I first saw this one when it came out last year. I didn’t know what it was about but the title got my attention, then I looked at the reviews it had something like over 3,000 reviews and like 4.5 stars, pretty impressive. Based on those two aspects alone I know I had to read this one. What was so good about this that over 3,000 people had read it and had given positive reviews?
This is Weir’s first novel, he has written man other short stories that were published on his site. He grew up in California and attended UC San Diego studying computer science. Later he took a job working for AOL and Blizzard working on video games in particular WoW2. This guy seems pretty smart to say the least and there is an interview at the end of the book where you really get to see what a nerd he really is. I say that because he calls himself that, and it is always cool when someone can make fun of themselves. The fact that he is so thorough and interested in all things science makes for an amazingly well written story, but we will get to that later. He has also written a number of short stories on his site, of which The Egg is his most famous. Check it out, pretty interesting story that may need its own post (eventually).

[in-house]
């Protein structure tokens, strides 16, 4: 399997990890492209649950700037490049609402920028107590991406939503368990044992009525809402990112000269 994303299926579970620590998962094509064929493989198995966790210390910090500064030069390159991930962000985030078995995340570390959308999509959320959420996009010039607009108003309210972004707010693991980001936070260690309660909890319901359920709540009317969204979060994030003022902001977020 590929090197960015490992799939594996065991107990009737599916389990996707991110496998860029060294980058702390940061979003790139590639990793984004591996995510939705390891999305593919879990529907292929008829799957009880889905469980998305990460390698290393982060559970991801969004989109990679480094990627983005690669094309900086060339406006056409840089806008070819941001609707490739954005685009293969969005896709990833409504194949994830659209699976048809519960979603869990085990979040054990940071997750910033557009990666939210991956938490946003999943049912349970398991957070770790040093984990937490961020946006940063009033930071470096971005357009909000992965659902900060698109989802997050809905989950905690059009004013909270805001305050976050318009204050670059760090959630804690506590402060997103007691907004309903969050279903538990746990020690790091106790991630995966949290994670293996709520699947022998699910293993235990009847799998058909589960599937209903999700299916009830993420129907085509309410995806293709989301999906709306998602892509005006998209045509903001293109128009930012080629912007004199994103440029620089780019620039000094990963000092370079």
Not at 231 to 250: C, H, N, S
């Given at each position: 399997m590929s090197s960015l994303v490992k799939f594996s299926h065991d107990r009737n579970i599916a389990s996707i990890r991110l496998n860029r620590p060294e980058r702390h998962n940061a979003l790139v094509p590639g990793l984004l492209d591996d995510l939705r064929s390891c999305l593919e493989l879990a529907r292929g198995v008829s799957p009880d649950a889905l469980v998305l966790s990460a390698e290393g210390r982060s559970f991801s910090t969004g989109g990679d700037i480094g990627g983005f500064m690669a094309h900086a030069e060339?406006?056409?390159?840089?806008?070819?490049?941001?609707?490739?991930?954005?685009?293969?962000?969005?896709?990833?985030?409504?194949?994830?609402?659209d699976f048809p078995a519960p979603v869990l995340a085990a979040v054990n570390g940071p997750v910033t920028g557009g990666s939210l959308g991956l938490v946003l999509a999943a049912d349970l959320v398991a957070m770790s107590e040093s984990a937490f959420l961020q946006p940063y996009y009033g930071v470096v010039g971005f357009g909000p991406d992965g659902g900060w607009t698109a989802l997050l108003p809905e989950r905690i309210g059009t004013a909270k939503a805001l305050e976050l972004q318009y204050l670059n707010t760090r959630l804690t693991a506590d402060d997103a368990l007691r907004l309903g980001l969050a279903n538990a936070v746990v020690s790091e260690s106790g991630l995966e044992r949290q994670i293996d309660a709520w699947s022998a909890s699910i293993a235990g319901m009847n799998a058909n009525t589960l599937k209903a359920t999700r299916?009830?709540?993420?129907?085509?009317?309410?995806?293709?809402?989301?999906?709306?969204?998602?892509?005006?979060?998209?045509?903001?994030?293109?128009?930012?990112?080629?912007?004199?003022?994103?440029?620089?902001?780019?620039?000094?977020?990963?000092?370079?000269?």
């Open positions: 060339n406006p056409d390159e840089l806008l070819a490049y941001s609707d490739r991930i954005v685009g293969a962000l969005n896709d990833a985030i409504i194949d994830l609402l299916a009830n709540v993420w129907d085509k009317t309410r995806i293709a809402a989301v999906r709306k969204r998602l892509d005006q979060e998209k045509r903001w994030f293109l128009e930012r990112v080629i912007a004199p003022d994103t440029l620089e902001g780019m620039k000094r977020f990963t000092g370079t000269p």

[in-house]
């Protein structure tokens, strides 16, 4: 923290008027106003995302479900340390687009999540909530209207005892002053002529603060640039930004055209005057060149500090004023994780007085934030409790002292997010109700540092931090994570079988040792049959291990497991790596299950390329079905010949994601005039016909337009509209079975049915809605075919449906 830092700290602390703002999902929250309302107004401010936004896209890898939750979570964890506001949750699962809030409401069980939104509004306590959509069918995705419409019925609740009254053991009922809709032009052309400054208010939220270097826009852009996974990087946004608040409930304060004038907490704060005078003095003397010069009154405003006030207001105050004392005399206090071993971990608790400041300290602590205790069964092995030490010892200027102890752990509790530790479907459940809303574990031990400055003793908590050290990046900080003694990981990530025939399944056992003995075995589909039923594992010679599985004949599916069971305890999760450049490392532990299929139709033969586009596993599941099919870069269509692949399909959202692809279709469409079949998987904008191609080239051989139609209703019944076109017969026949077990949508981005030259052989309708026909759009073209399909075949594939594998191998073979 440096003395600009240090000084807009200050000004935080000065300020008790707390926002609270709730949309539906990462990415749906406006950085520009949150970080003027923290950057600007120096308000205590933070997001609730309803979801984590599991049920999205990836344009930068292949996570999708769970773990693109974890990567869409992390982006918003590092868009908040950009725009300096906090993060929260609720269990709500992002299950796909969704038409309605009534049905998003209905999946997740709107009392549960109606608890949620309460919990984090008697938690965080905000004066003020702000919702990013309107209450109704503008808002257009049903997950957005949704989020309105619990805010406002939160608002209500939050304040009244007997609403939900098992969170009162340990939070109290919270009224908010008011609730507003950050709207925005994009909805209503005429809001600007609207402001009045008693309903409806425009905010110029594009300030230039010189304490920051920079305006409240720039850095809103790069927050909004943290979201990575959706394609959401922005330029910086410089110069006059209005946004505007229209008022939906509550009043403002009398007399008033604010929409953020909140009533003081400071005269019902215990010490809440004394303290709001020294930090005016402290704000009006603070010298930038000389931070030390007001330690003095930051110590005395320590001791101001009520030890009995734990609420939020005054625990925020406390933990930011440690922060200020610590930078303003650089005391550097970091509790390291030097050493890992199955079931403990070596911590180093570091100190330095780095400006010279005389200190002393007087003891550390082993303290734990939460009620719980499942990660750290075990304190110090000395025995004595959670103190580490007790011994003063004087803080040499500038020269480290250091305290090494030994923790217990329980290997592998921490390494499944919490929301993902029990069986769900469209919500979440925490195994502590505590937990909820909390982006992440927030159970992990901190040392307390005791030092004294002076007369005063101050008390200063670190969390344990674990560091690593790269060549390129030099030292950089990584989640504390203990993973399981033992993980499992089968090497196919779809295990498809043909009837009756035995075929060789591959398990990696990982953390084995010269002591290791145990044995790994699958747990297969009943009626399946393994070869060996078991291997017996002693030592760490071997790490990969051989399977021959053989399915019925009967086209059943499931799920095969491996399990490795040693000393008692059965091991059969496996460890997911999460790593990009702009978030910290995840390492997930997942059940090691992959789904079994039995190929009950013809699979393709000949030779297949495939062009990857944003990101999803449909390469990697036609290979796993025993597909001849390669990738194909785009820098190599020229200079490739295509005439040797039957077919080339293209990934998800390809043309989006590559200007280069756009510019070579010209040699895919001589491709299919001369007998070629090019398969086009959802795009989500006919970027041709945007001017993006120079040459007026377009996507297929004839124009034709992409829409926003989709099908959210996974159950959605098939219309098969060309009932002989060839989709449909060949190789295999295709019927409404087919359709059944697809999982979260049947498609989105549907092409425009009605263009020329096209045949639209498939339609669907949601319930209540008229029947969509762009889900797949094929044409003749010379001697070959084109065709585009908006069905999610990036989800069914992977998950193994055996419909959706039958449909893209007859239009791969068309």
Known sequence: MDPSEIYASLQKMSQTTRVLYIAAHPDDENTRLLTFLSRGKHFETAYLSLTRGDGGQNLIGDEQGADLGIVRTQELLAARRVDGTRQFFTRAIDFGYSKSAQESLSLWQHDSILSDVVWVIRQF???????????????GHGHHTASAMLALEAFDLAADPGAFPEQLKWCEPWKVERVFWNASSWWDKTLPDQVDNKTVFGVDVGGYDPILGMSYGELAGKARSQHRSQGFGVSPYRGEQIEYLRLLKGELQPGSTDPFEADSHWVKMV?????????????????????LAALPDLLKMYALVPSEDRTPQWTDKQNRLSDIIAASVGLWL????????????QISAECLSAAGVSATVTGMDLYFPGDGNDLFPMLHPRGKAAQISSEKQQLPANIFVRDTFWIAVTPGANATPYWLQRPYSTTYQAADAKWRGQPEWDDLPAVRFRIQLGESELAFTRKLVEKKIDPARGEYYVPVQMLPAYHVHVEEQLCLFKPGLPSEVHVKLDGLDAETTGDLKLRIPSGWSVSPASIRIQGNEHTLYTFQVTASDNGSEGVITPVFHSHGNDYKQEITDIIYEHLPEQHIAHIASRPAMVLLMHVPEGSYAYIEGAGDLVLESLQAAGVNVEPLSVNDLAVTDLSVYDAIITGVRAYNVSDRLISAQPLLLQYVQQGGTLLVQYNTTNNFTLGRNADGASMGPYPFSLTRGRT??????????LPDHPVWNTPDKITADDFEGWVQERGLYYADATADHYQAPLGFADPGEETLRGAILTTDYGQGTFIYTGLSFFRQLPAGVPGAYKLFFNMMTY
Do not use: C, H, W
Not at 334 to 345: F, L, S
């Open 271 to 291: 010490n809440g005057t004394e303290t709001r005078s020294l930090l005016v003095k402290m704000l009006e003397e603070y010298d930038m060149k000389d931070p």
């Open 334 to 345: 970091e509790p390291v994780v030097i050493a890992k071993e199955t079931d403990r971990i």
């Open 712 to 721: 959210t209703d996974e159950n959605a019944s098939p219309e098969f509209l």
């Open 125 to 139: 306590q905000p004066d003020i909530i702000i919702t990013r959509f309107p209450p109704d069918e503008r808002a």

The story starts out immediately into the action. A team of astronauts are abandoning their mission on Mars because of a freak dust storm that threatens to leave them stranded. In the process of making it to the escape vehicle one of them, Mark Watney, is stuck by debris from the storm and thought to be dead. The team makes a tough decision to leave his body as the rest of their lives are in danger. Mark regains consciousness and through no less than a miracle is still alive. He gathers himself and begins to assess the situation in front of him. He is stranded on Mars with limited food and supplies and most importantly no radio. The rest of the story is Mark trying not to die in any number of ways while also trying to figure out a way to get off the planet and return safely home.
After reading this story a few things came to my realization. The first is that the amount of research done on this novel pales in comparison to any novel I have read even Max Brooks in World War Z, and that is saying something. The other thing that is very evident is the almost infinite ways astronauts can die and how dangerous space travel is. In my Random Thoughts page I often talk about such things and how our flesh and blood bodies were not meant for space travel. While reading his story you get very real picture what it is like to be an astronaut and the many obstacles they must overcome just to stay alive not to mention complete their mission.
The idea is for this story is nothing new, think Castaway but on Mars, but with a totally new and exciting spin on it. Tom Hanks once he was able to catch fish and what not, so he could technically have lived on the island the rest of his life with almost no real problem, although there was a pretty big adjustment period. Whereas on Mars if something goes wrong with Mark’s shelter, he could be looking at not being able to breathe or unable to filter water or take your pick, but the result will always be the same, DEATH.